6 Outstanding Geofencing Tools to Use on Your Construction

Borders and walls might have been a central point of contention during the U.S. election, but their use on construction sites is far less controversial. For example, have you ever erected a fence around a work area to protect your assets? Or considered a barrier to keep people out, or to simply make tracking who is on site easier? What if I told you that you could accomplish all of those things without a physicalfence? Welcome to geofencing. Below, I’ll detail what geofencing is, how to use it, and some tools that can help you adopt it to your construction site.

What is geofencing?

Gartner defines geofencing as “creating a virtual boundary in which a device, individual or asset can be tracked and monitored or detected if the boundary is violated.” In other words, geofencing is a tool that creates and tracks virtual boundaries. It uses GPS technology along with dedicated software to track equipment and people. The software can also send users alerts and notifications about the premises that they’re tracking. Many industries use geofencing technology. For example, retailers use it to identify customers near their locations, helping them send targeted marketing messages. Transportation companies use geofencing to track their fleets. Healthcare facilities use it to improve patient care. Animal farms use it to track their herds. In fact, geofencing is growing so rapidly that Global Market Insights predicts the global geofencing market will exceed $500 million by 2023. Construction, along with the other abovementioned industries, should expect an explosion in the use of geofencing in the next few years.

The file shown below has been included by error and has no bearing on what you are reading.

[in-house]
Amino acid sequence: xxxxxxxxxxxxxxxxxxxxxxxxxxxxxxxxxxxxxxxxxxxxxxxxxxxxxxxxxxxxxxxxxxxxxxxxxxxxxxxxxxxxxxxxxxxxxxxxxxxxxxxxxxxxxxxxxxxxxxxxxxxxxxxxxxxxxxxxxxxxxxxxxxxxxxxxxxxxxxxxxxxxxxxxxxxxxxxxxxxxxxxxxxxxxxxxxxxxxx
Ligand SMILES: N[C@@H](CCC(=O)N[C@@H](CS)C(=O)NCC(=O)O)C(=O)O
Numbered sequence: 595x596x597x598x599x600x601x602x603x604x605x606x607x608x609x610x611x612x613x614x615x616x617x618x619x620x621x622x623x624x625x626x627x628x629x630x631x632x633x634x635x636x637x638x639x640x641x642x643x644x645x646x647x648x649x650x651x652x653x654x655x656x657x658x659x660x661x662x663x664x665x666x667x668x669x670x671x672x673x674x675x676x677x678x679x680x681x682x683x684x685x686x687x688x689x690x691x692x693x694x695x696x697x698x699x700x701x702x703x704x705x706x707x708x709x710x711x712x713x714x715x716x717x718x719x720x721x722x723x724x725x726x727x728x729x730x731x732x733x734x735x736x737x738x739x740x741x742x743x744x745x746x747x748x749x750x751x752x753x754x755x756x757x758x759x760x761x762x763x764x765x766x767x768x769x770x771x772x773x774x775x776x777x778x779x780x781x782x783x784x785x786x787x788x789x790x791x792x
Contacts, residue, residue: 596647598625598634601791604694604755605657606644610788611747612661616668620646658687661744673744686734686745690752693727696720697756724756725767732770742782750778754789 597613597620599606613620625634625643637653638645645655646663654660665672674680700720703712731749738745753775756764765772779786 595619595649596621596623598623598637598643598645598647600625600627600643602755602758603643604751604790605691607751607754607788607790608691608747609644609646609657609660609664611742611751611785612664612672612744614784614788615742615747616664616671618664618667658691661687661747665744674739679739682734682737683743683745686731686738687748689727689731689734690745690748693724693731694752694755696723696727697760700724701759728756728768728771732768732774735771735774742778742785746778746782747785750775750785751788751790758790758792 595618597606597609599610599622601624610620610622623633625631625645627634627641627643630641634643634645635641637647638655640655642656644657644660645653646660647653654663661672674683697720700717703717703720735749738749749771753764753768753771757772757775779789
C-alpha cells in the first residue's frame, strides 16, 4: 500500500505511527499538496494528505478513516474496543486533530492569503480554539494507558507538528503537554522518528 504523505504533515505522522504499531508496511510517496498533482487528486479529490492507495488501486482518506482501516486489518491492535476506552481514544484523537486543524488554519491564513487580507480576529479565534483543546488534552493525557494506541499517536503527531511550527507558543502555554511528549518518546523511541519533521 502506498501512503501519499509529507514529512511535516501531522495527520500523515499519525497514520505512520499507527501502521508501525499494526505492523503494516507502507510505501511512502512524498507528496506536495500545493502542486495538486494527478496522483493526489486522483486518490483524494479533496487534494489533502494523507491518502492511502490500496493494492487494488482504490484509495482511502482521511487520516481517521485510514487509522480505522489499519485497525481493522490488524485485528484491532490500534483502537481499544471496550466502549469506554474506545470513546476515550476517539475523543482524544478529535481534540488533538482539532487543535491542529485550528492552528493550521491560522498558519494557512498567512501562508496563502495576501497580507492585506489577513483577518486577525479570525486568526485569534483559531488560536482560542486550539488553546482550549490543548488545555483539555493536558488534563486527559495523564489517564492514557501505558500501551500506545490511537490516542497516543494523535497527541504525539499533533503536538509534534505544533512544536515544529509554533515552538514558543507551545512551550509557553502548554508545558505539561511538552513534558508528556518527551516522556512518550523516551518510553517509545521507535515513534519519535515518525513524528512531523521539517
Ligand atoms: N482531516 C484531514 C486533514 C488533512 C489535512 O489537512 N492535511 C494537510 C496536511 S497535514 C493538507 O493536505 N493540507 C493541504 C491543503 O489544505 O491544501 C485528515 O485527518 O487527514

The Ultimate Guide to Construction Risk Insurance

Do you worry that your building under construction may catch fire? Or get vandalized? Does the thought of stolen heavy equipment or construction materials make you nervous? You’re not alone. In fact, a study from the Chartered Institute of Building found that 92% of respondents in the construction industry suffer from regular site theft. One in five of these respondents added that theft takes place on a weekly basis from their sites. The NICB (PDF) adds that the average value of a stolen piece of construction equipment is $46,273. They add, “Annual estimates of the cost of equipment theft vary from about $300 million to $1 billion, with most estimates in the range of $400 million.” What’s worse? “The estimates don’t include losses from business interruption. Those losses include the cost of rentals, project-delay penalties, and wasted workforce and management time.” In other words, construction site theft is a prevalent and expensive problem in the industry. How can you prevent it? Construction risk insurance.